Known as the perfect plant for those who routinely kill houseplants, pothos plants are natives of Old World tropical forests and, when grown in these humid and hot environments, can grow incredibly large. The trailing vine grown indoors is a miniature version of this large climber, toned down by its cultural environment more than anything else.
Pothos plants are known for their beautiful and vibrant foliage. This plant tends to have light green or white or yellow variegated heart-shaped leaves that are slightly pointy. Pothos is often found in hanging baskets where it is quite happy. It can also be trained to a support for robust vertical growth. Plants will grow about six to ten feet in containers - more if grown in the ground outside.
Pothos is reportedly a flowering plant. However, you may never see a flower on a pothos plant grown indoors; it usually flowers when it reaches 35 - 40 feet in size and typically must be grown outside in the ground to do so. There's no real way to encourage flower growth; they will generally flower under the right conditions when the plant gets big enough.
Common Species and Names
The most commonly found species is the Golden pothos (Epipremnum aureum) with green and yellow variegated leaves. Also popular are:
- 'Marble Queen', which has white variegated leaves and is slow-growing
- 'Tricolor', which has mottled or yellowish, green, or light green leaves
- 'Neon', which has solid chartreuse leaves
- 'Golden Queen', which has bright yellow coloration
The pothos plant's habit has earned it several names such as ivy arum, taro vine, centipede vine, Solomon Islands vine, Australian monstera, and money plant.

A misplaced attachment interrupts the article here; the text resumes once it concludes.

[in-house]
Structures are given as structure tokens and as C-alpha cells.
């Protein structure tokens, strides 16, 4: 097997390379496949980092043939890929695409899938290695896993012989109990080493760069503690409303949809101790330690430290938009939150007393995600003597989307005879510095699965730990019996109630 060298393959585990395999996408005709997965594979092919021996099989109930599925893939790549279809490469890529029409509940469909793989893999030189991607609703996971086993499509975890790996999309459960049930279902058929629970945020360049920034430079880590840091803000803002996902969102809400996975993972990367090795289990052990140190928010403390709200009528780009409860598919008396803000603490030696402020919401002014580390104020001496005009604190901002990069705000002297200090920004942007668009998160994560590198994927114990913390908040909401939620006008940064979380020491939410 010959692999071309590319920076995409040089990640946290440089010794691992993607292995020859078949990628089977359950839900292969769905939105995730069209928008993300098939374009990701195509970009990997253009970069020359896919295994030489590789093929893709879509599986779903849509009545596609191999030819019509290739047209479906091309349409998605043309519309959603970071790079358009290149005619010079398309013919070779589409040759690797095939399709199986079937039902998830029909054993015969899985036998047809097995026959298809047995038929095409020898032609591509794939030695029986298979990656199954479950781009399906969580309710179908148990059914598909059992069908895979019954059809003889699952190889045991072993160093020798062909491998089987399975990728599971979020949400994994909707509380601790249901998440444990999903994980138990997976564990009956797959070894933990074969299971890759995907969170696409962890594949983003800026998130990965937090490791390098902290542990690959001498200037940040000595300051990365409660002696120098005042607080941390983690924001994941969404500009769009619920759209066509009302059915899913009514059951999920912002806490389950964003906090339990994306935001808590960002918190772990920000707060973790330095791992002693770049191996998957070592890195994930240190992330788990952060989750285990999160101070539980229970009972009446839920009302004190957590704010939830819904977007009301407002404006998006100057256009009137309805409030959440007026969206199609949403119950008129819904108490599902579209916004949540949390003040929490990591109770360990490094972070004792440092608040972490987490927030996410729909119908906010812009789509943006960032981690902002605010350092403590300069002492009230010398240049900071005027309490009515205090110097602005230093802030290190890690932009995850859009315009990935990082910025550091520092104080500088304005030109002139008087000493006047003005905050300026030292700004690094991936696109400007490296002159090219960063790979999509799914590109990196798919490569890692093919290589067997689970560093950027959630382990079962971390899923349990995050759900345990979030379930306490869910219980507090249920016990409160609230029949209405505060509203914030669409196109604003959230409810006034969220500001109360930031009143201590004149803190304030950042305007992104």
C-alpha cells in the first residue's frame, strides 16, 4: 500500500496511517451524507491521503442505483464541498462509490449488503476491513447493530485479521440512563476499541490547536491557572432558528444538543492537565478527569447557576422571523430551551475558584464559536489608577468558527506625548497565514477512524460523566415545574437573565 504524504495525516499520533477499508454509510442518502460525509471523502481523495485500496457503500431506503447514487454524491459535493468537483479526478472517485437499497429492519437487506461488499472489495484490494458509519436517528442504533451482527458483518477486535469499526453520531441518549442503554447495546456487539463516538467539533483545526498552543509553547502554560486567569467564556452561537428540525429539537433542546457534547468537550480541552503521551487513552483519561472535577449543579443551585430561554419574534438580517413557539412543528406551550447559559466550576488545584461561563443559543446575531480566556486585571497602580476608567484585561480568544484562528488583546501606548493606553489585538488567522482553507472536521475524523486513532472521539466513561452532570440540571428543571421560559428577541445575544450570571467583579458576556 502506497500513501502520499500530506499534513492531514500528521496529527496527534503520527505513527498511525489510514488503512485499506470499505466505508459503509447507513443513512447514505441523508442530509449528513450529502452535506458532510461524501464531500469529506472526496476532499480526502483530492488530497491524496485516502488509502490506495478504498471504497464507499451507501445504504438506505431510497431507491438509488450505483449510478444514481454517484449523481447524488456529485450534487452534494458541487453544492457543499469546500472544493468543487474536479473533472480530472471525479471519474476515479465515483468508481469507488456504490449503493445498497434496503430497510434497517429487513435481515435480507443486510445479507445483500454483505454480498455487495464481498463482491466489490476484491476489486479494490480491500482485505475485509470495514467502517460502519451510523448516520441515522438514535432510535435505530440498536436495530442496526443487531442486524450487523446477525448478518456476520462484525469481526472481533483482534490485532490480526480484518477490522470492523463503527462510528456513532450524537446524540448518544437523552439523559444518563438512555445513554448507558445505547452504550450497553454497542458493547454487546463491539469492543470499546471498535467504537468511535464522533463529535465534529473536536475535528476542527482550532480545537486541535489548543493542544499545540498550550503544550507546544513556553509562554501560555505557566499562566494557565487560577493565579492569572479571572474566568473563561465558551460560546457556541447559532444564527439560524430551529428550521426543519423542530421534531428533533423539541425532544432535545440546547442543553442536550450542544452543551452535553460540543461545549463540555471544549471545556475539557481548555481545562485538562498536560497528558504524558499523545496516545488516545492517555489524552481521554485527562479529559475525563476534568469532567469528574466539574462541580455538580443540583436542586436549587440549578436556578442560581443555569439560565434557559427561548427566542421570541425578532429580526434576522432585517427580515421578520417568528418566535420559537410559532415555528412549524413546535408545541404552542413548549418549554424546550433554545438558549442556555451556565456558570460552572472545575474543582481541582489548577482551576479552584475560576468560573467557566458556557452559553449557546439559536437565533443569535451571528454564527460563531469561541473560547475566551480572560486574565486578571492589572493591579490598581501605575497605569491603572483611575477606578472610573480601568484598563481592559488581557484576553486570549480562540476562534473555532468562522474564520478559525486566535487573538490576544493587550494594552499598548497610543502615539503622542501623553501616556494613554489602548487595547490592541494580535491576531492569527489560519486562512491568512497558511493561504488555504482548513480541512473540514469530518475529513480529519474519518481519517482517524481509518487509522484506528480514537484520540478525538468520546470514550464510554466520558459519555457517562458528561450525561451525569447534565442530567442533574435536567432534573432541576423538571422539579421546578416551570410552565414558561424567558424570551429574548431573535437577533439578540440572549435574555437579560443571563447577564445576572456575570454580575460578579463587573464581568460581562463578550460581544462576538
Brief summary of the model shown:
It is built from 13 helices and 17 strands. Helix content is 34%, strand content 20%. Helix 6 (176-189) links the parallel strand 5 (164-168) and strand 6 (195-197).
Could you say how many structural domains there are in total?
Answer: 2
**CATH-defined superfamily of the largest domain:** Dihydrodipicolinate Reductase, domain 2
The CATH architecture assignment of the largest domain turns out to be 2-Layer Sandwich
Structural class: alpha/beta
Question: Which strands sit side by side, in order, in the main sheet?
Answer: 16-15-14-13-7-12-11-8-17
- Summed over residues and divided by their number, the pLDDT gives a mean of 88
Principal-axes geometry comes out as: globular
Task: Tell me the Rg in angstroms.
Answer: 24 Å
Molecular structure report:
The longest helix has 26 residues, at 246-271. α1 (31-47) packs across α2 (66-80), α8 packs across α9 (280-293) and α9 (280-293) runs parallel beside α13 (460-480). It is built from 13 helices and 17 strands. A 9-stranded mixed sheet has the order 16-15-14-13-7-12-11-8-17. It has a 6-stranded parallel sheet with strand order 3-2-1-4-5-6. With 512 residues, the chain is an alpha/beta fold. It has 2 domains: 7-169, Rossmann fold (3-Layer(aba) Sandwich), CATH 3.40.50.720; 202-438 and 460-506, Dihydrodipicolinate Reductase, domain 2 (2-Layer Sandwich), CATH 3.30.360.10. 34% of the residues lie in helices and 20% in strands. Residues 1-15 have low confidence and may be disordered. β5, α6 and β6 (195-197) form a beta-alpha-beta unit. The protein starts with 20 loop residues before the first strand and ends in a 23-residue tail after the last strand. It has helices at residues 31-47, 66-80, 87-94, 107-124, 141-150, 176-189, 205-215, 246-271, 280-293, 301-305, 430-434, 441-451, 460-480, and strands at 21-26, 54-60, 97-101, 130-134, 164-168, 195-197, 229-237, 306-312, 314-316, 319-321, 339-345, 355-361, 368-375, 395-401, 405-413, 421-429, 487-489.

It is often called Scindapus aureus too, a name rightly belonging of a very similar-looking and closely related climber. Pothos and philodendrons with heart-shaped leaves are also similar, but pothos has no leaf sheaths.
One of the easiest house plants to grow and maintain, pothos has earned a permanent place in interior decoration. Not fussy about light, water or nutrients, they hardly ever die of neglect. They keep their variegation even in low light conditions, but bright light brings out glowing colors and the best shine.
If you can't source a piece of the vine from a friend, buy a potted plant. You get wider choice, too. Take your pick from the local nursery or order online. A little damage in transit won't kill them. They'll bounce back unless you drown them with excessive watering. That said, the pothos vine can be easily grown in water too.
You can propagate pothos using the following steps.
- Cut stem sections with two nodes, and then stick it in a pot of soil with good drainage, covering the lower node with soil.
- There is really no need for rooting hormone; but dipping the lower end and node in it can't hurt.
- Water the cuttings regularly, but don't keep the soil too wet.
- Give the pot a bright spot and maintain 55 - 65 Fahrenheit (F).
Now comes the long wait for new growth; about one month will go by before roots appear and two to three months before a new plant will form.
There have been instances where people waited in vain for weeks or months simply because they planted the cuttings upside down! Avoid this mistake by dipping the cut end immediately in soil to distinguish it from what should be the upper end. The direction of leaves may not guide you here because the leaves may grow twisted in a hanging plant. It's best to root one to two foot long growing tips of the vine.